Some of these questions may have strict and objective answers. Perhaps compliance demands you do at minimum an annual assessment or you have a defined reporting requirement to meet. But some of these details may be a little less clear. Particularly in development, it can be hard to know exactly how a system might evolve over the next few years. That’s OK. It’s more important to understand the general idea as well as how deviations from what you anticipate will affect your assessment plan.
Here's some idea (an oversimplification) of what I would probably recommend for some basic examples:
- A basic web application with public access, hosted in a well-known Cloud environment, some PII but no extremely sensitive information. Development is consistent but no major revisions for a few years. It’s built on front-end/back-end/databases that are considered among the standards. Chances are, an application like this would be fine with an annual application security assessment with a standard set of dynamic testing efforts and reporting, along with remediation testing to validate fixes.
- A corporate environment for a business with under 500 employees, with sensitive intellectual property but nothing like national defense information. Corporate systems are hosted partially on-site and partially in the Cloud. Like most corporate networks, the system goes through occasional overhauls, like new file systems or a migration to a new CRM, but generally in waves. Assuming the systems are not particularly complicated, annual or perhaps bi-annual (depending on rate of change) would be an appropriate cadence for assessment. Actual testing efforts here would probably be more significant and broad than in the first example, since overall the systems are more complicated and you would likely want to test for things like phishing and social engineering.
- An application environment for a well-known public company with thousands of employees, segregated systems based on brands or divisions, complex assets from PII of public figures to proprietary information and more. The company is fast-paced and evolving. This is a very broad example, but testing efforts here would need to be frequent, with multiple teams looking at different aspects of systems and probably testing of some system always happening. Obviously, most organizations aren’t like this, but for some operations security assessments are just a part of the day-to-day business. This just means you must make sure that, say, an annual plan for testing is covering all of your bases realistically. These are also the circumstances where we will have to be willing to change our plans since things are so complicated.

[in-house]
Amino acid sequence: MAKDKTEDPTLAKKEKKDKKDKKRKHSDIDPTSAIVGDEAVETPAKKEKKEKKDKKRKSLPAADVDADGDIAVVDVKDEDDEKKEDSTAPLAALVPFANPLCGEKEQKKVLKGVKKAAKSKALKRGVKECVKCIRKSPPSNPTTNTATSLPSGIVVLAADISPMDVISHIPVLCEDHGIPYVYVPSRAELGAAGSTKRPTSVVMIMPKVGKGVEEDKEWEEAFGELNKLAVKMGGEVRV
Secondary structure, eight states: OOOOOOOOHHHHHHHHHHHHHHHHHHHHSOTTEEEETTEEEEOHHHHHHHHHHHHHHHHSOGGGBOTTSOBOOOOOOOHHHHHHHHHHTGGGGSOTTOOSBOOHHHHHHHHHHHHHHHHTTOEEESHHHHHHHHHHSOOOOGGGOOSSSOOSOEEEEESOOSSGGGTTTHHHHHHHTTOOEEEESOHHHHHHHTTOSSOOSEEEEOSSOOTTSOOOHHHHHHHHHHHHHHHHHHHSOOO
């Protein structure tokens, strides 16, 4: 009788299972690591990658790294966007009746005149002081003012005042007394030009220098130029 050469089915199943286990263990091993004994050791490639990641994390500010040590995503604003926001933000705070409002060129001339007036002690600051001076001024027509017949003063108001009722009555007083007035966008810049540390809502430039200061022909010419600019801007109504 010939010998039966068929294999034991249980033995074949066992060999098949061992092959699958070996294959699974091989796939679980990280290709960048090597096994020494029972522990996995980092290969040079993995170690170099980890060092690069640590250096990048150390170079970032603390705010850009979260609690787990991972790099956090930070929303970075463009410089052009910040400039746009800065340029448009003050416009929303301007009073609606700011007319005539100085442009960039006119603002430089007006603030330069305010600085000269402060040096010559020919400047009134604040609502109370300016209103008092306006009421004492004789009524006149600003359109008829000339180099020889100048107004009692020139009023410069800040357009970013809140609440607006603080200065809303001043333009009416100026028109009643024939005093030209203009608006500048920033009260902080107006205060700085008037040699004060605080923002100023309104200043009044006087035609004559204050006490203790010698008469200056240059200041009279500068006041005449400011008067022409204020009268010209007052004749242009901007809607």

But just because we can make the effort, is it worth it?
A common excuse for not doing something is that we just don’t see the point. The one problem with my metaphor about fitness is that more isn’t necessarily always better. If you push yourself too far, you at best waste effort, or at worst hurt yourself. But is the same thing true for security assessments? What difference does it make if we invest twice the effort in testing? Will we benefit from it?
Well, yes. It makes an objective difference within reason. Manual security testing, whether it’s an application or a network, is about seeing what kinds of attacks a system is susceptible to and how they could be exploited. Here’s some statistics we gathered based on actual testing we did for clients in 2022.
You may notice from this chart that not only did we see that the longer assessments produced more vulnerability results, but that we found higher levels of vulnerabilities with the longer assessments.
We should also understand that effort goes both ways, both from our perspective as trying to secure things as well as those trying to attack us. While we have some advantages by knowing our systems and having information that outsiders probably don’t have, if given enough time and resources, security can be broken. The key is that our testing efforts must be significant enough to find the vulnerabilities that can be exploited from the efforts that our adversaries are willing to put in. If ISE can find more vulnerabilities with longer assessments, by that same logic threat actors will be able to do more damage if they are willing to put in the time. We must be better than them with the tools and resources we have.
So take a little time and think about some of the areas I discussed when either creating or evaluating your approach to security testing. While the applicability of these areas varies from case to case, you can apply these ideas even to modest security management, like protecting your home or a very small business with basic technology.
Want to talk about your approach to security testing? We’re happy to provide some simple advice. Reach out to us today to learn more about how we help our clients successfully navigate these challenges.